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County commission deadlocked on release of RFQ

The Grady County Commission has once again delayed release of a Request for Qualifications to potential developers of the county’s property around Tired Creek Lake.
On Tuesday, the board was deadlocked 2-2 on releasing the document and the subsequent advertisement of the Request for Qualifications (RFQ).
Commissioners Keith Moye and LaFaye Copeland voted in favor of the RFQ release, while Chairman Ray Prince and Commissioner June Knight voted against its release. Vice Chairman TD David, a vocal supporter of the Grady County Lake Authority and its consultant Will Butler, was unable to attend Tuesday’s meeting due to poor health.
“Have any of y’all read the RFQ? Do you understand it (the RFQ)?” Commissioner Knight asked her fellow commissioners.
“No,” responded Chairman Prince, who added, “Every time I read it you pick up something else.”
Knight said when she got through the first seven or eight pages she was “lost,” but she said it read as if the county was becoming a developer of the property, which she said was “not helping the county.”
“We are not developers and I’d like to ask this question, who wrote the RFQ?” Commissioner Knight said.
Grady County Attorney Jennifer Herzog said that the draft was put together by Butler and was revised by herself and members of the county commission as well as the lake authority.
“Do you think it says we are to be the developers, Jennifer?” Commissioner Moye asked Herzog.
The county attorney said no and noted that the RFQ was intentionally drafted broadly. “What it says, is here is this property we have, come tell us how best to develop it. If the county is not interested with what is suggested then move on to other options,” Herzog said. The RFQ, according to the county attorney, also contemplates one developer offering to buy all of the undeveloped property around the lake.
“So, we’re not the developers?” Moye asked and Herzog responded, “No.”
Commissioner Copeland said none of the board members would ever understand all of the RFQ, but she trusted the recommendations of Butler and the lake authority and was in favor of putting it out to see who comes forward interested in developing the property.
The county is facing debt service payments later this year that includes not only interest, but also principal payments on the bonds issued for the construction of the lake. Commissioners recently admitted they had no financial plan for the lake when the project ramped up and a permit for the dam was issued.
County officials are hoping that by developing the property and putting it back on the tax digest, additional ad valorem tax revenue would be generated that could reduce the burden on existing taxpayers to pay for the lake project.
“I’d like to keep this moving forward. People keep saying nothing is getting done and if we don’t do it today, we’ll be putting it off another month,” Moye said.
“We’ve beat this horse to death,” Commissioner Copeland said. She suggested Vice Chairman David could be reached by telephone and could vote on the matter.
“I don’t think we need to do that,” Chairman Prince said. Prince said that David was undergoing medical tests and should not be disturbed.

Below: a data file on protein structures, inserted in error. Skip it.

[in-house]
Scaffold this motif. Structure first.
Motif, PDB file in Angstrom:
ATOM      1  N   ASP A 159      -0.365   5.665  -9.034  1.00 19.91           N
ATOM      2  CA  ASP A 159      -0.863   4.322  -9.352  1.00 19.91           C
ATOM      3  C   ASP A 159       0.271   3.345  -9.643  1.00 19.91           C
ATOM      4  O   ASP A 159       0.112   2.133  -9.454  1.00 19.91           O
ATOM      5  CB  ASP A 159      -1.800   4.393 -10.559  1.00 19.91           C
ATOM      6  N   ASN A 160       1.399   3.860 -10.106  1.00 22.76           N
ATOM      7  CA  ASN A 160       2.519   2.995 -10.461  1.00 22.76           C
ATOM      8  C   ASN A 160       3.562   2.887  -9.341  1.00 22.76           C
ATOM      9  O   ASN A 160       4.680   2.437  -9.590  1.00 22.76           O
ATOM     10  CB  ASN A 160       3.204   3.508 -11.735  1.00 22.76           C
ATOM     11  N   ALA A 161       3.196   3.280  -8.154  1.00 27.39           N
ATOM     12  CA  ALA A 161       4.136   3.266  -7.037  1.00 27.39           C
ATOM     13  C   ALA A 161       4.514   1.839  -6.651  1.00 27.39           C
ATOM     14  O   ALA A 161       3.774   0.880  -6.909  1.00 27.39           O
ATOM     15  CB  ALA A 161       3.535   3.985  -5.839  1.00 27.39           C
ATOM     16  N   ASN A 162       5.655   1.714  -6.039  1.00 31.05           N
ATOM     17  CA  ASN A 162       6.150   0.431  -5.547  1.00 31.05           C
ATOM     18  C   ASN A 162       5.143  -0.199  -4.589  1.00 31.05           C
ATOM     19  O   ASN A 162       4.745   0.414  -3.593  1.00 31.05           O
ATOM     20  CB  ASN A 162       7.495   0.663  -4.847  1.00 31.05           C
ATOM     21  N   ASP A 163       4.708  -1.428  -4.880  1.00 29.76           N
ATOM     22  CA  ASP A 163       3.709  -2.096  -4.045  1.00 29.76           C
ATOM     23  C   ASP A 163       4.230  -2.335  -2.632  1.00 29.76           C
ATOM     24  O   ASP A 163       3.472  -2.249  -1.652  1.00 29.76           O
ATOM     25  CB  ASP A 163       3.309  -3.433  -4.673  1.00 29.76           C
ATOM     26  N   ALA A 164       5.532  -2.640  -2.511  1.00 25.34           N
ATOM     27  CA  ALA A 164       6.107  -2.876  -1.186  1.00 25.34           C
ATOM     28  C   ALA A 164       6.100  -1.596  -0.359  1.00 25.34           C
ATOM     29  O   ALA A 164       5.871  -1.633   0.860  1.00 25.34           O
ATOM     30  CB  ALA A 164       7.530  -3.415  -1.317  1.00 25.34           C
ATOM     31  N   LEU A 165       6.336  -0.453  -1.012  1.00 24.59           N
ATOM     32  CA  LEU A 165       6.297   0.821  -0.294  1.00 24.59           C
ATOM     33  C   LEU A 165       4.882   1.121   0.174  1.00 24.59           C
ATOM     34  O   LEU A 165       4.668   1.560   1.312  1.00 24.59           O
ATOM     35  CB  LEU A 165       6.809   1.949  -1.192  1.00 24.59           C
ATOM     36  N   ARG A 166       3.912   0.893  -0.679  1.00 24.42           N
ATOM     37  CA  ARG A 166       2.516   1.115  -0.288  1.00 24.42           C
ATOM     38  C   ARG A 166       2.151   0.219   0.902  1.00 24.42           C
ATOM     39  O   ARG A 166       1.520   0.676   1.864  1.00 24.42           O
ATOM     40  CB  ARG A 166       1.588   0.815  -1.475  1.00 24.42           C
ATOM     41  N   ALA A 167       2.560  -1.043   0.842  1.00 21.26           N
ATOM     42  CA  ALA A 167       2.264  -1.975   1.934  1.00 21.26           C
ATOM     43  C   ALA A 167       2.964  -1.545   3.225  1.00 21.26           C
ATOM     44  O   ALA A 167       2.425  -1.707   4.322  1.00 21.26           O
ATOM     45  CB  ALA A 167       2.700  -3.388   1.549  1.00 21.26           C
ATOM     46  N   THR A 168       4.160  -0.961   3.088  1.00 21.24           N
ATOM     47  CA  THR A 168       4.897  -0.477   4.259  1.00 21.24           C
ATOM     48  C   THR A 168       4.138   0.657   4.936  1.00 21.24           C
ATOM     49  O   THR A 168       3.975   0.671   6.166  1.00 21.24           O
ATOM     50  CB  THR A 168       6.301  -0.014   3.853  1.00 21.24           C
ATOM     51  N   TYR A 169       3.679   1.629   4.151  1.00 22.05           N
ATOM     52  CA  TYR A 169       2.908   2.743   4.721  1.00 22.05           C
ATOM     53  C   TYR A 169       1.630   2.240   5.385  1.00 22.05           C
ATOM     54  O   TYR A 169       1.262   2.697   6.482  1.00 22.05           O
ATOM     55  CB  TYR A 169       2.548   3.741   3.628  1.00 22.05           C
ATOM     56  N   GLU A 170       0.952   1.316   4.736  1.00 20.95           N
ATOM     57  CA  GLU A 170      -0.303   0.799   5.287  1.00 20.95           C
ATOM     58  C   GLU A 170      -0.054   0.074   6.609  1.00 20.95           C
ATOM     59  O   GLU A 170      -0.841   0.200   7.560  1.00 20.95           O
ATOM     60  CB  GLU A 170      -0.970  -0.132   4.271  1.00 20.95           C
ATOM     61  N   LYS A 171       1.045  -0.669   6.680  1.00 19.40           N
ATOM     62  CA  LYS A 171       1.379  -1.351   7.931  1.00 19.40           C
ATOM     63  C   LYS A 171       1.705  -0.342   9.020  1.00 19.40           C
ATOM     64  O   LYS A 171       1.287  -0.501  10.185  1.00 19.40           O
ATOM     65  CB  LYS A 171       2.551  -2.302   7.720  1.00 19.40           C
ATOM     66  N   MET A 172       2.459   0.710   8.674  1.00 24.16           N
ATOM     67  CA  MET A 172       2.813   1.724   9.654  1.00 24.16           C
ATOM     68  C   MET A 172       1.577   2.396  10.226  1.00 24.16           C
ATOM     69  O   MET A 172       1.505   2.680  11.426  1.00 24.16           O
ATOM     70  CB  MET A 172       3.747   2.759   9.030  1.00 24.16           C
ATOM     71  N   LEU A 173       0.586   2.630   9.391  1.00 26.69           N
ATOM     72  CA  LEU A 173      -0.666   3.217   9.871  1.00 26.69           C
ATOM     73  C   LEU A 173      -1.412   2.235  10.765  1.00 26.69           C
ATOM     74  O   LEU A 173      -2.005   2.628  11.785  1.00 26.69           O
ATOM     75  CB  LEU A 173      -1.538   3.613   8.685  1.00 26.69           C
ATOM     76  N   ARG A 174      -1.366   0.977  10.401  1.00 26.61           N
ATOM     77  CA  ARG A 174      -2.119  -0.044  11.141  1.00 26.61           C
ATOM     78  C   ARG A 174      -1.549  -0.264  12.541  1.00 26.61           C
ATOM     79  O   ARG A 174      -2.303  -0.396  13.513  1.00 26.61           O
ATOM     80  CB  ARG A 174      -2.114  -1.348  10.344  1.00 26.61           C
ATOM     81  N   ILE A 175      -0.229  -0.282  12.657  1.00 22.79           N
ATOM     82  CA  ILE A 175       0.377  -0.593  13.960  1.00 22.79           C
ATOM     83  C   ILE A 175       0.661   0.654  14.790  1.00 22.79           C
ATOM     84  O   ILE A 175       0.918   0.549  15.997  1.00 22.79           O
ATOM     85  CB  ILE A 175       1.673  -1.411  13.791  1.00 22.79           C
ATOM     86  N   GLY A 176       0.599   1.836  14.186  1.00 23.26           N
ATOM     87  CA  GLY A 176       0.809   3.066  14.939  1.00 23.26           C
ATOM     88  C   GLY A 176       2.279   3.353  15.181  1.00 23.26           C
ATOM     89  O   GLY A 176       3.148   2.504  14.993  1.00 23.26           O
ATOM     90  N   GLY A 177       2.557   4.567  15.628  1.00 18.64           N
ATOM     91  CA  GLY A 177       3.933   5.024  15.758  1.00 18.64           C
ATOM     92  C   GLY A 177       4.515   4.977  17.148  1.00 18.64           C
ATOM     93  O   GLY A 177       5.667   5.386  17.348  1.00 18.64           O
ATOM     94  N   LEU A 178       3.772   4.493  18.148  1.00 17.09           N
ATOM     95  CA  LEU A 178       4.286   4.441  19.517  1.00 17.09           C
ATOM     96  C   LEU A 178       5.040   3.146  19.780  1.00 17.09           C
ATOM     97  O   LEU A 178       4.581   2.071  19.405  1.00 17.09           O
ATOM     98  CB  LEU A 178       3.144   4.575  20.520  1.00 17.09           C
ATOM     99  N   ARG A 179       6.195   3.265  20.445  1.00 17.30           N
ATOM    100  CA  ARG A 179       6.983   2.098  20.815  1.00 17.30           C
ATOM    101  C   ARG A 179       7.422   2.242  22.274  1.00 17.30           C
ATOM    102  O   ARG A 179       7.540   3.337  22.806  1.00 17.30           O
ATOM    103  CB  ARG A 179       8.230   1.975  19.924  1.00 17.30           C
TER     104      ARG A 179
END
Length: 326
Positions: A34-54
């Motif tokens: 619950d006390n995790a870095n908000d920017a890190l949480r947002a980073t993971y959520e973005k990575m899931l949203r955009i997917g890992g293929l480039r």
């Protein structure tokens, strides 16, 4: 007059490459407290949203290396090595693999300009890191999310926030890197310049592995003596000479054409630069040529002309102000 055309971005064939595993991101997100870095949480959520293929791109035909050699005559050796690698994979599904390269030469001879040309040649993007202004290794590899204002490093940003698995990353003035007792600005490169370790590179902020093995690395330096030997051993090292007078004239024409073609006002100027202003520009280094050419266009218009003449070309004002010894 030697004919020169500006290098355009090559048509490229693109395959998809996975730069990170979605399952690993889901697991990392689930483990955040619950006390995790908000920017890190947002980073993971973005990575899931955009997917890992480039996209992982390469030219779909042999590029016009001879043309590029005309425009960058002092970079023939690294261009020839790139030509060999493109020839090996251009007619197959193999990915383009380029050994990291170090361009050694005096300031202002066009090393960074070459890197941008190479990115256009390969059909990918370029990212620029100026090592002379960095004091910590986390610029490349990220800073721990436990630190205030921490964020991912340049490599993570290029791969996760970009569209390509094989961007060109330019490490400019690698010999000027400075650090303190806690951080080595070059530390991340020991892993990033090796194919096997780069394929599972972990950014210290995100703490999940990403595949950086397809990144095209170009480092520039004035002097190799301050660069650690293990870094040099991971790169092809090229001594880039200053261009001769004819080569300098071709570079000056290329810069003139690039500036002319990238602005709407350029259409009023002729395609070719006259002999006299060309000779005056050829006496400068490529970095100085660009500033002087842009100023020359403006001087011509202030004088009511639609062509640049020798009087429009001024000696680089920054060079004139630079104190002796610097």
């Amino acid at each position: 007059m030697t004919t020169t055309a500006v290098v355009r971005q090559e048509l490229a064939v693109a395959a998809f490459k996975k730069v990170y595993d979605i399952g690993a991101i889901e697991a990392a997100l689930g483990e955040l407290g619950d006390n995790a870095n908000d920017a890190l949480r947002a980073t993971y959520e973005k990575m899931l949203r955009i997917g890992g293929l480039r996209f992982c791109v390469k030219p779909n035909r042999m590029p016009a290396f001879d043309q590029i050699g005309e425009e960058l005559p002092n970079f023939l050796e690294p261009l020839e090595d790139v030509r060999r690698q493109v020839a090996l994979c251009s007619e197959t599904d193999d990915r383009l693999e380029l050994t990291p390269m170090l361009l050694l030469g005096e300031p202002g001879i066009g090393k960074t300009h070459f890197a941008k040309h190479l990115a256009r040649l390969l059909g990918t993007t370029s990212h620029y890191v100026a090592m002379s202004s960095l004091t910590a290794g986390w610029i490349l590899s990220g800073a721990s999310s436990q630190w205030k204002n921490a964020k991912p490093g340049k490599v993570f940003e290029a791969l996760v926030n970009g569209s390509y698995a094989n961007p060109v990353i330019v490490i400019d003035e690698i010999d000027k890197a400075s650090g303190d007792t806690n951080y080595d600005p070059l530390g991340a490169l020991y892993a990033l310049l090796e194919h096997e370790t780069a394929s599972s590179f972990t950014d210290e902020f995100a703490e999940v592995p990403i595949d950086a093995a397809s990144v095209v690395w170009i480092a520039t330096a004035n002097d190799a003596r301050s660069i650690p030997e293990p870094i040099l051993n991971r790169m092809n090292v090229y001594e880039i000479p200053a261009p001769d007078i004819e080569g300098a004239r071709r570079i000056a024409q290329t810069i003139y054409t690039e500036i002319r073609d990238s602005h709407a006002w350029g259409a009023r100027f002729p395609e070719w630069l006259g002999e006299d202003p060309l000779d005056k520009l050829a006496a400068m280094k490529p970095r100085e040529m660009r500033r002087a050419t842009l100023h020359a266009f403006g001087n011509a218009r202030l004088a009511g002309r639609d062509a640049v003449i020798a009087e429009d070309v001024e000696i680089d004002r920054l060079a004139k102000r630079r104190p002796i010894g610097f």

“He had expressed his feelings to go forward at the last meeting,” Commissioner Moye stated.
Following the deadlocked vote, Chairman Prince said that, “until I understand it a little better” he could not vote to release the RFQ and Commissioner Knight said she opposed it because, “my district doesn’t like it.”
The commissioners have had a final version of the RFQ since April 16 and Butler and the authority have been waiting for the commission’s o.k. to begin publicizing it.
During Tuesday’s meeting the board heard from two members of the public on the RFQ issue.
Richard Jordan requested to be placed on the agenda under petitions and presentations to discuss concerns with county projects. He said it concerned him the county had spent $38 million on a project with no “solid financial plan to pay it back” and he accused the commissioners of having “no desire to have one now.”
Jordan said the county has suffered many financial failures but he predicted, “The RFQ will be the final nail in the coffin.” He attempted to ask questions of the county attorney regarding the RFQ, but County Attorney Jennifer Herzog suggested she and the board, as well as the authority and Butler, have an opportunity to review his questions and prepare an “educated, well-informed response.” She suggested a joint meeting with the authority and commission might be wise.
On the other hand, during the public comment section of the agenda, the board heard from former county commissioner Charles Renaud who urged the board to proceed with the RFQ release.
“It’s time to move this project forward,” Renaud said.
One thing commissioners could agree on Tuesday was appointments to the selection/review committee.
As part of the RFQ process, a selection committee to rank and score the submissions from prospective developers has been called for by the lake authority. The authority recently appointed Authority Chairman LaDon Toole and former authority member Travis Bryant to serve along with Will Butler on the selection committee. The authority recommended the county appoint two representatives to round out the five-person panel.
“I’d like to be on there,” Commissioner Copeland said Tuesday.
Commissioner Knight questioned leaving Butler on the selection committee, but Chairman Prince noted that was the action of the authority.
Moye then offered a motion to appoint Chairman Prince and Commissioner Copeland as the county’s representatives on the committee. His motion was seconded by Commissioner Knight and approved unanimously.

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